High Court hears petition against law that smothered anti-Netanyahu protests

Justice Meni Mazuz questions timing of restrictions, and whether PM’s involvement in limiting rallies against him constitutes a conflict of interest

Anti-government protesters outside Prime Minister Benjamin Netanyahu's official residence in Jerusalem, on October 17, 2020. (Olivier Fitoussi/FLASH90)
Anti-government protesters outside Prime Minister Benjamin Netanyahu's official residence in Jerusalem, on October 17, 2020. (Olivier Fitoussi/FLASH90)

The High Court of Justice on Tuesday heard a petition against controversial legislation granting the government emergency powers to limit protests during the COVID-19 pandemic.

The law was approved in September amid a nationwide surge in coronavirus cases. It forbade Israelis from traveling more than a kilometer from home (0.6 miles) to protest and required protesters to demonstrate in socially distanced capsules, effectively stifling mass rallies outside Prime Minister Benjamin Netanyahu’s official residence in Jerusalem, the epicenter of an ongoing popular effort against the premier over his indictment on graft charges and handling of the pandemic.

A petition was filed against the legislation and in October the High Court ordered the government to explain why the law shouldn’t be thrown out.

At Tuesday’s hearing, which was held before an expanded panel of nine judges, Justice Menachem (Meni) Mazuz questioned the timing of the restrictions on protests.

“We noticed that the restrictions are imposed when there is a certain demonstration against the prime minister and the declaration of the emergency situation has a direct effect on the protests against him,” Mazuz said.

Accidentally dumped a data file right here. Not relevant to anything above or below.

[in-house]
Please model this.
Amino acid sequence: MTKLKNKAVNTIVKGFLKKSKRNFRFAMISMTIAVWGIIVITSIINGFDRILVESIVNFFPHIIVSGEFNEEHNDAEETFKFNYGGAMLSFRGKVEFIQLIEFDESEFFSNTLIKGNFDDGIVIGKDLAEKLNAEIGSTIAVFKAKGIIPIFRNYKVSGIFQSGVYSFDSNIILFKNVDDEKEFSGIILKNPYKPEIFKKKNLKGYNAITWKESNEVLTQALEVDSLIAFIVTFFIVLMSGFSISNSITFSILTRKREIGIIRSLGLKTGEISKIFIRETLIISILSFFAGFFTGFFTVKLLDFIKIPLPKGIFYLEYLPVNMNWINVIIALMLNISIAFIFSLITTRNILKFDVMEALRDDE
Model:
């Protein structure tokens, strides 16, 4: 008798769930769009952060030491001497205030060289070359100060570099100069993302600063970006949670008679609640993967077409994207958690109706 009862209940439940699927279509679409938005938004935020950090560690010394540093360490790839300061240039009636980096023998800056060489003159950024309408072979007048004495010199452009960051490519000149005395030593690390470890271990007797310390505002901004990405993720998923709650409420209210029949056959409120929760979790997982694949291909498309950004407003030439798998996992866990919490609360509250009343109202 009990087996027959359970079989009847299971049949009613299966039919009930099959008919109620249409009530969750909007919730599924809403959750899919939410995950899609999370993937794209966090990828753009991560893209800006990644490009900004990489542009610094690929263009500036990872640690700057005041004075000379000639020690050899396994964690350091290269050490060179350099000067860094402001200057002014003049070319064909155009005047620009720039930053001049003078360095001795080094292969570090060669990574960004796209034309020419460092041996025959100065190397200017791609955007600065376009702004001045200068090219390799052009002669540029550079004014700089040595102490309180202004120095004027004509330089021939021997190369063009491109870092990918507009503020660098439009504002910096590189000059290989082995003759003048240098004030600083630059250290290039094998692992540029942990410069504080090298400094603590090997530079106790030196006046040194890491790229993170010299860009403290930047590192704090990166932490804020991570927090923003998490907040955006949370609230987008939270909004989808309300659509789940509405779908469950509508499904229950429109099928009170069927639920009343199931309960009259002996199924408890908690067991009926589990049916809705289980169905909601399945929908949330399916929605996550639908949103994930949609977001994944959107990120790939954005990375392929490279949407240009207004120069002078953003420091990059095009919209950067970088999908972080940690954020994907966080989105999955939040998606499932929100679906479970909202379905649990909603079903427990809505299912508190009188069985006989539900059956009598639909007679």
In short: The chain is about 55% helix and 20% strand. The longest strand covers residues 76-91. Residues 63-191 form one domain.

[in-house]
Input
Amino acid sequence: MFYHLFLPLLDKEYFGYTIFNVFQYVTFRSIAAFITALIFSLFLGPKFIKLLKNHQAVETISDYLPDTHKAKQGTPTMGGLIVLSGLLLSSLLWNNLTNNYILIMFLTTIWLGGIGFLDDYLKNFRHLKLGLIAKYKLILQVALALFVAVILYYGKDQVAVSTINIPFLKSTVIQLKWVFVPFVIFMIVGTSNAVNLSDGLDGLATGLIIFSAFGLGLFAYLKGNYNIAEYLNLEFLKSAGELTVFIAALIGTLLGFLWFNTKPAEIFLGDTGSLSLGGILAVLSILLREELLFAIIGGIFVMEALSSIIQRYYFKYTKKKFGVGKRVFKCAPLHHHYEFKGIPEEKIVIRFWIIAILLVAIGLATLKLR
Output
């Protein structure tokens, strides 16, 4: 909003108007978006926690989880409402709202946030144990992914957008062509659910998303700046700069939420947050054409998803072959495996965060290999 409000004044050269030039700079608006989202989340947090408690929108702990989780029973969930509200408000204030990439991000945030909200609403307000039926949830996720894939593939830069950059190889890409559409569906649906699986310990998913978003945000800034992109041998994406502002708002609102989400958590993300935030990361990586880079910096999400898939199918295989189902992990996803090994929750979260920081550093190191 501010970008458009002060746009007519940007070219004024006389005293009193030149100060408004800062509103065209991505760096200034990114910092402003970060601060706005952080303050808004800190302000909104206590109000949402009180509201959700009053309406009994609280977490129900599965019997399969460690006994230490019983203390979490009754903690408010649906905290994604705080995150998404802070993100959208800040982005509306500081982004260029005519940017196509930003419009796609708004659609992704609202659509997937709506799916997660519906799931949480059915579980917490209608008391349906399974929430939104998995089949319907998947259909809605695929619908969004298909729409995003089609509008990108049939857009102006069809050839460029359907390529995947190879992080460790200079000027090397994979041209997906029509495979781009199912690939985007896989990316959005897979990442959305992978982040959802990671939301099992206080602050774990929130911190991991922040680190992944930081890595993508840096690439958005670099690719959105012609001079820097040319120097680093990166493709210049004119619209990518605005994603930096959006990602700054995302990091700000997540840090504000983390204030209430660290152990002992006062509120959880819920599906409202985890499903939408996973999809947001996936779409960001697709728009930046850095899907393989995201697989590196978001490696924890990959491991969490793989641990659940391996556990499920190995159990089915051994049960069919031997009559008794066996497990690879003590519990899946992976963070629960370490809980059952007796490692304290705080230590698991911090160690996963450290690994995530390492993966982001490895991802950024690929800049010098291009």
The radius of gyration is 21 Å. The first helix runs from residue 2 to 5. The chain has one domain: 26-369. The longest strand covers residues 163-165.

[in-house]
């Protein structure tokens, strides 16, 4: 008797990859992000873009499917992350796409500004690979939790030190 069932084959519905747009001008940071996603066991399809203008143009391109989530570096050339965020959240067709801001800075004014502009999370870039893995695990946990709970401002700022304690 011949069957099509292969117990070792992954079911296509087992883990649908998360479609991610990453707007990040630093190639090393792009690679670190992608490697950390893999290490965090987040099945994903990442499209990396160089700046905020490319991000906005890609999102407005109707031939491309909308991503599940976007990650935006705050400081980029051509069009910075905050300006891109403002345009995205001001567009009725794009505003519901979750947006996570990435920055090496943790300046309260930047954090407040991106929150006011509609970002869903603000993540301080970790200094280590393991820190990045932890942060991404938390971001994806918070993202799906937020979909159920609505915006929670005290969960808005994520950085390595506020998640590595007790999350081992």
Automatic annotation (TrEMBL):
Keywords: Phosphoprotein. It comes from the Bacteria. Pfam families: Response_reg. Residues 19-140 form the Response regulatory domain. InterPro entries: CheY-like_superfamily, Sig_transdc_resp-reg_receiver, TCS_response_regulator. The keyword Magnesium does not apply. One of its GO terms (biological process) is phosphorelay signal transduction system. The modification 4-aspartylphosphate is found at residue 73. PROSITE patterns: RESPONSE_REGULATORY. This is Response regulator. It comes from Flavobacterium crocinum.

He added: “Is his involvement in this improper according to conflict of interest rules?”

Supreme Court Justice Meni Mazuz at the Supreme Court in Jerusalem on March 22, 2019. (Yonatan Sindel/Flash90)

Chief Justice Esther Hayut pressed a representative for the Knesset on the law’s provision barring Israelis from traveling over a kilometer to protest, asking if there was similar legislation anywhere else in the world.

“We didn’t find a country that restricts the permitted distance one can go from home,” the representative responded.

Hayut also pushed back when the government lawyers argued the right to life took precedence over the right to protest, after failing to present data showing the virus was spreading at the protests.

“According to the statistics, 1 percent of people infected [with coronavirus] die, so this is about public health and not the right to life,” she said, arguing that the death rate could not justify clamps on protest.

After the law was passed, Netanyahu said the restrictions were driven by safety concerns as the country battled a runaway pandemic, but critics and protesters accused him of tightening the lockdown to muzzle dissent.

However, the protest ban appeared to have only further motivated demonstrators, with tens of thousands rallying in socially distanced protests throughout the country while it was in effect.

The government didn’t reimpose the ban as part of renewed lockdown measures currently in force.

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